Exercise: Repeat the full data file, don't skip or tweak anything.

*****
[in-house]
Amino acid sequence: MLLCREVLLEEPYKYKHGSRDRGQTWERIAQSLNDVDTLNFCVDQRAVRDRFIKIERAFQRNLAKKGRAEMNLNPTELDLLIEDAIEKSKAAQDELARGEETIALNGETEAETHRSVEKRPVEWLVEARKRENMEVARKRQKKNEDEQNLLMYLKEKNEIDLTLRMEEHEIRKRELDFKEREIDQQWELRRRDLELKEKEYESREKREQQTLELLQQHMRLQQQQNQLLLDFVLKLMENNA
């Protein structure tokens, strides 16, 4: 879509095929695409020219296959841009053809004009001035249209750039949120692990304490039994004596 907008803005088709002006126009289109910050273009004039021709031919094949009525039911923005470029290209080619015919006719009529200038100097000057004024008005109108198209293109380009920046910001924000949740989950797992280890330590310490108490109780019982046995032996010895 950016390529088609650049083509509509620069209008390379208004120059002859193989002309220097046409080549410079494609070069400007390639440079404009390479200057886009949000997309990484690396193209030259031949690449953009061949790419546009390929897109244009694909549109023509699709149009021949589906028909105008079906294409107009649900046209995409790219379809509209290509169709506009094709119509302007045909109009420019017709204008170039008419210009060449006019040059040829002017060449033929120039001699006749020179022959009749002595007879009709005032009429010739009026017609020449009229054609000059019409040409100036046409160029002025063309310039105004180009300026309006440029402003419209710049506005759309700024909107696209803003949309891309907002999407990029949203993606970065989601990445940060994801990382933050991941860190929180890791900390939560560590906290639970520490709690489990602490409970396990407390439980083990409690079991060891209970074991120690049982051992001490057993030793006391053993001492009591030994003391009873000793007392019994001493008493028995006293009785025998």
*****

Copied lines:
[in-house]
Amino acid sequence: MLLCREVLLEEPYKYKHGSRDRGQTWERIAQSLNDVDTLNFCVDQRAVRDRFIKIERAFQRNLAKKGRAEMNLNPTELDLLIEDAIEKSKAAQDELARGEETIALNGETEAETHRSVEKRPVEWLVEARKRENMEVARKRQKKNEDEQNLLMYLKEKNEIDLTLRMEEHEIRKRELDFKEREIDQQWELRRRDLELKEKEYESREKREQQTLELLQQHMRLQQQQNQLLLDFVLKLMENNA
């Protein structure tokens, strides 16, 4: 879509095929695409020219296959841009053809004009001035249209750039949120692990304490039994004596 907008803005088709002006126009289109910050273009004039021709031919094949009525039911923005470029290209080619015919006719009529200038100097000057004024008005109108198209293109380009920046910001924000949740989950797992280890330590310490108490109780019982046995032996010895 950016390529088609650049083509509509620069209008390379208004120059002859193989002309220097046409080549410079494609070069400007390639440079404009390479200057886009949000997309990484690396193209030259031949690449953009061949790419546009390929897109244009694909549109023509699709149009021949589906028909105008079906294409107009649900046209995409790219379809509209290509169709506009094709119509302007045909109009420019017709204008170039008419210009060449006019040059040829002017060449033929120039001699006749020179022959009749002595007879009709005032009429010739009026017609020449009229054609000059019409040409100036046409160029002025063309310039105004180009300026309006440029402003419209710049506005759309700024909107696209803003949309891309907002999407990029949203993606970065989601990445940060994801990382933050991941860190929180890791900390939560560590906290639970520490709690489990602490409970396990407390439980083990409690079991060891209970074991120690049982051992001490057993030793006391053993001492009591030994003391009873000793007392019994001493008493028995006293009785025998």